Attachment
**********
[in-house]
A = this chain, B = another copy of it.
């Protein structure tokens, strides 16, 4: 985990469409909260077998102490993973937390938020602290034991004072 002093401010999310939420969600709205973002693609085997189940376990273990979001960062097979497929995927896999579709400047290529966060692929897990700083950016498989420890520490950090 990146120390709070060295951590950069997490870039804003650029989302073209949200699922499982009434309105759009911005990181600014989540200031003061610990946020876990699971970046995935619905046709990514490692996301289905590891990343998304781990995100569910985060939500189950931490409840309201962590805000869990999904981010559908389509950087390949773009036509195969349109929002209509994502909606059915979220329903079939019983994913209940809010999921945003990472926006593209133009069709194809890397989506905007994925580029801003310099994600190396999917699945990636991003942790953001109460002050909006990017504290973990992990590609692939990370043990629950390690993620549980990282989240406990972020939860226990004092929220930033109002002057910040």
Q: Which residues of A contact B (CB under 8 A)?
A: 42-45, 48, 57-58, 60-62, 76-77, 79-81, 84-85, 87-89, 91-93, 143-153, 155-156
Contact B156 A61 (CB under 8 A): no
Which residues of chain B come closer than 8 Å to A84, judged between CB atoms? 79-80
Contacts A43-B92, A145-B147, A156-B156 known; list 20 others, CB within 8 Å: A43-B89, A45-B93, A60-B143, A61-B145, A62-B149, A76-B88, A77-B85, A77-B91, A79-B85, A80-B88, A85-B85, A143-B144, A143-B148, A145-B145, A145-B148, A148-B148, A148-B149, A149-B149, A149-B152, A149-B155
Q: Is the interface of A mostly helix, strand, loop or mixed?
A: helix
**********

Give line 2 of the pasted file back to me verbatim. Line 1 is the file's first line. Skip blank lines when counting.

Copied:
A = this chain, B = another copy of it.